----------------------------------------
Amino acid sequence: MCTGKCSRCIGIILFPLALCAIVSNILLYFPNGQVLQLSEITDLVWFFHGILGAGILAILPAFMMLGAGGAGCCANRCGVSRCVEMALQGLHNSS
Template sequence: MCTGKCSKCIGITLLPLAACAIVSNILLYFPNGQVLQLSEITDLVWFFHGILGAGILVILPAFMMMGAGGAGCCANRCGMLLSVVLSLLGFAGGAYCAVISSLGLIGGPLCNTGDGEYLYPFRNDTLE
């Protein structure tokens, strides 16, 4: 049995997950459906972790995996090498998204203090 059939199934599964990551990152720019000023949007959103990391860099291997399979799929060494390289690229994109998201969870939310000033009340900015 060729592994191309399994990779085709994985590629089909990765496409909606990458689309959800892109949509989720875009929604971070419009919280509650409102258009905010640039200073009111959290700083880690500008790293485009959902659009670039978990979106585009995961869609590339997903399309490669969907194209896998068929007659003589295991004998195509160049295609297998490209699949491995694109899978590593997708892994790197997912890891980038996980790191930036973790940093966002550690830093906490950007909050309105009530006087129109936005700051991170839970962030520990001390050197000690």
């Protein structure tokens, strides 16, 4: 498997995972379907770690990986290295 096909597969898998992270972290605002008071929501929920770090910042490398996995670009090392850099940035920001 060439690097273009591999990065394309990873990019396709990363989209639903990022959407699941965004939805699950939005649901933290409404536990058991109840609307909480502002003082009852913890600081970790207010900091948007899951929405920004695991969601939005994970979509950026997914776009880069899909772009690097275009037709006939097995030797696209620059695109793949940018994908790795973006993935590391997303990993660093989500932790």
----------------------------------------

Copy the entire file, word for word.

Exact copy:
Amino acid sequence: MCTGKCSRCIGIILFPLALCAIVSNILLYFPNGQVLQLSEITDLVWFFHGILGAGILAILPAFMMLGAGGAGCCANRCGVSRCVEMALQGLHNSS
Template sequence: MCTGKCSKCIGITLLPLAACAIVSNILLYFPNGQVLQLSEITDLVWFFHGILGAGILVILPAFMMMGAGGAGCCANRCGMLLSVVLSLLGFAGGAYCAVISSLGLIGGPLCNTGDGEYLYPFRNDTLE
């Protein structure tokens, strides 16, 4: 049995997950459906972790995996090498998204203090 059939199934599964990551990152720019000023949007959103990391860099291997399979799929060494390289690229994109998201969870939310000033009340900015 060729592994191309399994990779085709994985590629089909990765496409909606990458689309959800892109949509989720875009929604971070419009919280509650409102258009905010640039200073009111959290700083880690500008790293485009959902659009670039978990979106585009995961869609590339997903399309490669969907194209896998068929007659003589295991004998195509160049295609297998490209699949491995694109899978590593997708892994790197997912890891980038996980790191930036973790940093966002550690830093906490950007909050309105009530006087129109936005700051991170839970962030520990001390050197000690």
């Protein structure tokens, strides 16, 4: 498997995972379907770690990986290295 096909597969898998992270972290605002008071929501929920770090910042490398996995670009090392850099940035920001 060439690097273009591999990065394309990873990019396709990363989209639903990022959407699941965004939805699950939005649901933290409404536990058991109840609307909480502002003082009852913890600081970790207010900091948007899951929405920004695991969601939005994970979509950026997914776009880069899909772009690097275009037709006939097995030797696209620059695109793949940018994908790795973006993935590391997303990993660093989500932790």